Like a sports team rebuilding after several heady seasons, the world's major economies -- including the U.S. economy, the world's largest -- are likely to disappoint rather than inspire in 2003. Indeed, the economic sport of forecast lowering is already under way. Between early September and mid-November, as the U.S. recovery from the 2001 recession sputtered and anxiety increased over a possible war with Iraq, Merrill Lynch & Co., for example, dropped its U.S. inflation-adjusted GDP forecast for the first quarter of 2003 to 2.5% from 4.1% and lowered its estimate for full-year 2003 growth to 3% from 3.7%. More bearish than the New York-based Bull, however, is a sizable majority of the 150 corporate CEOs belonging to the Business Roundtable, an influential Washington, D.C.-based business-policy group. Some 64% anticipate less than 2% real growth for the U.S. economy in 2003, dramatically less than the economy's 3.2% average annual growth rate during the last decade. Meanwhile, more than two-thirds of financial officers in midsized companies responding to a recent American Express Co. survey say they expect the U.S. economy will stay flat, act erratically or decline further in 2003. In North America, Canada is likely to be the growth leader in 2003, with a 3.4% real advance in GDP, down just a bit from 2002's 3.5%, figures BNP Paribas SA. Depending upon what happens with the U.S. economy, Mexico could show as much as 3.2% growth in 2003, says the Paris-based financial firm. In South America, the amount of growth in Brazil's economy, the continent's largest, depends upon the political success of new president Lula da Silva. In contrast, BNP Paribas is forecasting 3% shrinkage in Argentina's economy, South America's second-largest, after a 12.5% contraction in 2002. Across the Atlantic, the Economist magazine's panel of forecasters, between September and October, lowered its 2003 GDP growth prediction to 1.7% from 2% for the 12 nations using the euro. And in the Pacific, Japan, which has the world's second-largest economy, is likely to eke out only 0.6% growth in 2003. "The bust banking system, the inability to use interest rates as a stimulus, a fiscal deficit approaching 10% of GDP, and deflation are weights dragging the [Japanese] economy down," explains Paul Mortimer-Lee, a BNP Paribas global economist based in London. China promises to be Asia's standout economy, with BNP Paribas predicting a return to 8% real GDP growth, following 7.5% in 2002 and 7.3% last year. But even 8% is below 1990s' rates of 10% for the People's Republic. Japan's poor economic situation appears to have been weighing more heavily with CEOs, COOs, CFOs and other senior executives in Asia and the Pacific than with their counterparts in North America and Europe. In this year's third quarter, 51% fewer executives in Asia and the Pacific expected global economic conditions to improve during the next year than had in the second quarter, show Taylor Nelson Sofres/Deloitte Consulting survey data. Some 15% fewer executives in Europe foresaw improvement -- while, remarkably, a guardedly optimistic 10% more executives in North America anticipated global economic improvement. However, the survey was conducted before the fall release of data depicting U.S. manufacturing contracting again and before a concerned Federal Reserve Board cut U.S. short-term interest rates to 1.25% on Nov. 6. "Capital investment is the key to know what [U.S.] growth is going to be next year, and at this point in a normal cycle we should be seeing stronger capital investment," notes Thomas J. Duesterberg, president and CEO of the Manufacturers Alliance/MAPI, an Arlington, Va. business policy group. "But we certainly aren't," he stressed as recently as a month ago. No wonder. Some 57% of the Business Roundtable's corporate CEOs, for example, expect their U.S. capital expenditures in 2003 to be the same as they were in 2002 -- and 24% anticipate they'll be less. Only 19% of the CEOs anticipate higher capital spending next year. "If we get to a point where the international situation is more predictable and stable and if we manage to avoid further shocks to the system . . . the conditions would be in place for a little bit more vigorous capital investment," Duesterberg says. But, at least for the interim, he isn't quarreling with the prediction of the Business Roundtable majority for less than 2% real GDP growth for the U.S. in 2003.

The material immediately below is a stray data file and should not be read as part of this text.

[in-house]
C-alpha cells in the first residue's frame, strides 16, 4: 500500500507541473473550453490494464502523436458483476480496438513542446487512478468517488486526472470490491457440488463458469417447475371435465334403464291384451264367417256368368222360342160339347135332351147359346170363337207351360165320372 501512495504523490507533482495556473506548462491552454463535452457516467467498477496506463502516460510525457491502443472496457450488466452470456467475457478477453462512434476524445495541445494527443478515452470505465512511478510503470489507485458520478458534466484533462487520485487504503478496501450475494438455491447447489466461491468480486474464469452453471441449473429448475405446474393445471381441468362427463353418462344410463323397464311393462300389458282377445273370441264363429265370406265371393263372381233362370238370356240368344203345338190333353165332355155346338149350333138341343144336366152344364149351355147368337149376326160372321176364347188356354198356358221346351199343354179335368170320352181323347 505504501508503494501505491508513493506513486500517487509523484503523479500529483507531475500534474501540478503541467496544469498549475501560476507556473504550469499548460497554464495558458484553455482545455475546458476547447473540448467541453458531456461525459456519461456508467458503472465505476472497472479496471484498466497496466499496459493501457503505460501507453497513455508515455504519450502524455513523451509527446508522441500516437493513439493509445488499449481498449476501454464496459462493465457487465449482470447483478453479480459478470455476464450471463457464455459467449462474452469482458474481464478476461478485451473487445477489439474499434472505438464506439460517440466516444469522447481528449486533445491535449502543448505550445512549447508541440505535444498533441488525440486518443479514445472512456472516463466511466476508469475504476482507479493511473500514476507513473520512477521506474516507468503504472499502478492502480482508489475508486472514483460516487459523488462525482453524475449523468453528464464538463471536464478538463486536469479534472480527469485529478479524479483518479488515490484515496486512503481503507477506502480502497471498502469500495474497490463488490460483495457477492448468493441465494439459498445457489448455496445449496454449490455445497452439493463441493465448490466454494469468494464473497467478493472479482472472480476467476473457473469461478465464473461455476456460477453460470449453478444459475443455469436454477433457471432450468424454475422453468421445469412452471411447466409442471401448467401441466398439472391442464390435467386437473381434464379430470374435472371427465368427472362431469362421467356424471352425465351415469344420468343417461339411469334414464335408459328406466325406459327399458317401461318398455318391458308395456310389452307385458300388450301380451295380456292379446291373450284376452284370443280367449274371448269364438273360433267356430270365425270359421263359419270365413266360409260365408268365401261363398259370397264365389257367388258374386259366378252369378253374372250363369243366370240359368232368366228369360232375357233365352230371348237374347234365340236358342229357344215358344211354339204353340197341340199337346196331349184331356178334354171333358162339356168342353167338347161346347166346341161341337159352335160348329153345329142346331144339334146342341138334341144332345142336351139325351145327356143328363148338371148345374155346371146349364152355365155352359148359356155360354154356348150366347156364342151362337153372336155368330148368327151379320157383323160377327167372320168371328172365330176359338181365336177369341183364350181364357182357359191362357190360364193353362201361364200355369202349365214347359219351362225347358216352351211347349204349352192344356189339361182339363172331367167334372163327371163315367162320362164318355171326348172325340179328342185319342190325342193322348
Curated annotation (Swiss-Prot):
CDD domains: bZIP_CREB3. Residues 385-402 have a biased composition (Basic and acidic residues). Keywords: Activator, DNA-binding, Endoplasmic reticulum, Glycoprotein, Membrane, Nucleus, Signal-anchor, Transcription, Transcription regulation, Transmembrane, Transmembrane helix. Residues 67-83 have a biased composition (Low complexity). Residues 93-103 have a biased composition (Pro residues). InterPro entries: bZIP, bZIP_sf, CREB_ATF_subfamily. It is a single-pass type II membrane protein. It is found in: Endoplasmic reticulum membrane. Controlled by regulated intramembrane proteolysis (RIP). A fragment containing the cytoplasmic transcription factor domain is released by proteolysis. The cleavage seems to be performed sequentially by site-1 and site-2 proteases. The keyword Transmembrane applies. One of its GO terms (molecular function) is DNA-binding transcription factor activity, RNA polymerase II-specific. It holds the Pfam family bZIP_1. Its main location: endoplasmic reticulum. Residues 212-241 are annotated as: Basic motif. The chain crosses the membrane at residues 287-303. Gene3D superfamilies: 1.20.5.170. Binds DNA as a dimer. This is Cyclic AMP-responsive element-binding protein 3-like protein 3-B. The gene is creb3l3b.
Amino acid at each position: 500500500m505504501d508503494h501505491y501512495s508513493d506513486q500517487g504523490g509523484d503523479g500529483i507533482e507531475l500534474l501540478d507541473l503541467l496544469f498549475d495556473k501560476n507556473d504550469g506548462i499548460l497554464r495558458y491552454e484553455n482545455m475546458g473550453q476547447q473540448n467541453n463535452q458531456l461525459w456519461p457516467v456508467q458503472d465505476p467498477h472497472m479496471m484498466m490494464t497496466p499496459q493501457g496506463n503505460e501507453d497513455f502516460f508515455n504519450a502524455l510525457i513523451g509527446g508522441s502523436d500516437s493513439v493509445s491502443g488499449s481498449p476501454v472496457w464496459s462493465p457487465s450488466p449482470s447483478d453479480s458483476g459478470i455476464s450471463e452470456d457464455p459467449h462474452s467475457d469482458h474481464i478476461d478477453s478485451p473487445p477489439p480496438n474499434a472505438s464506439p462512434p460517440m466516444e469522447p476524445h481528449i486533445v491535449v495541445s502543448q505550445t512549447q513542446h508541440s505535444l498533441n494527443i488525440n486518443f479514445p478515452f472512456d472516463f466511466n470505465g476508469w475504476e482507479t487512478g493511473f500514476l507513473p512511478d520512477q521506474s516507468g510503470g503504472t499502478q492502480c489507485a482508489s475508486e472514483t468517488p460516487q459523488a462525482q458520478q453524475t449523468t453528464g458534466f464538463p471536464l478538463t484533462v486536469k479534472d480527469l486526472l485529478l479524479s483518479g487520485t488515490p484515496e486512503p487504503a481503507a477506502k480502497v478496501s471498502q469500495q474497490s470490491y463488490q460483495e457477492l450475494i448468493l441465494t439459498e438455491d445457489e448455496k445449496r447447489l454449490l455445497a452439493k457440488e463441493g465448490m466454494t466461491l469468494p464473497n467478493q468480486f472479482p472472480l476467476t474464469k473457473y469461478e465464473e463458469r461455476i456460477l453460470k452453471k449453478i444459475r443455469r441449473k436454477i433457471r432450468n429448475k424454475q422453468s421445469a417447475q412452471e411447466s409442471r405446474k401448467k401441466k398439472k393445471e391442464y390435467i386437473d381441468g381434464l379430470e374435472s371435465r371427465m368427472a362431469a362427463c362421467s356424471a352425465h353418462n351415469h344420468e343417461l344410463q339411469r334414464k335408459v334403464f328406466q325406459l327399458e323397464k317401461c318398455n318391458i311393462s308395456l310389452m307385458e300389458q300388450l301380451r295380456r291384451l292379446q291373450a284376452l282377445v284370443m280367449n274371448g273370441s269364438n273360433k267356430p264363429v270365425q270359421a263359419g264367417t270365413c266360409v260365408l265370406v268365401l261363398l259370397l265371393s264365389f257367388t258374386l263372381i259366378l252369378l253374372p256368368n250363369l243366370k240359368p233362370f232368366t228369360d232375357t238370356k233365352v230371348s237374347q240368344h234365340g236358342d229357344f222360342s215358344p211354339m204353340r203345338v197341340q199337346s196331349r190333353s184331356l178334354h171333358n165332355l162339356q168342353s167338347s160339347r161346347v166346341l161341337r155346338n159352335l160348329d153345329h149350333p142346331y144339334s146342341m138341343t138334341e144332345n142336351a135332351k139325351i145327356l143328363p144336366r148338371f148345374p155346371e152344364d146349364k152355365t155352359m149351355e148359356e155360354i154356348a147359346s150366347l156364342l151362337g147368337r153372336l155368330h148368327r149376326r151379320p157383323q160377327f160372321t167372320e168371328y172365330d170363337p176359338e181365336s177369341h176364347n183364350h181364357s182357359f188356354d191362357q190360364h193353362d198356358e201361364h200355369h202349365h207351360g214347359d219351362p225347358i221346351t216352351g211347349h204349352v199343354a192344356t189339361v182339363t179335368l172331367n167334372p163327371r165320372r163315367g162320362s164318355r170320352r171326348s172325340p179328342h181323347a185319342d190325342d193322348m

|First Forecast||Revised Forecast|
|Real GDP(y/y change)||3.7%||3%|
|Industrial Production(y/y change)||5.6%||3.6%|
|S&P 500 Operating EPS||$55||$53|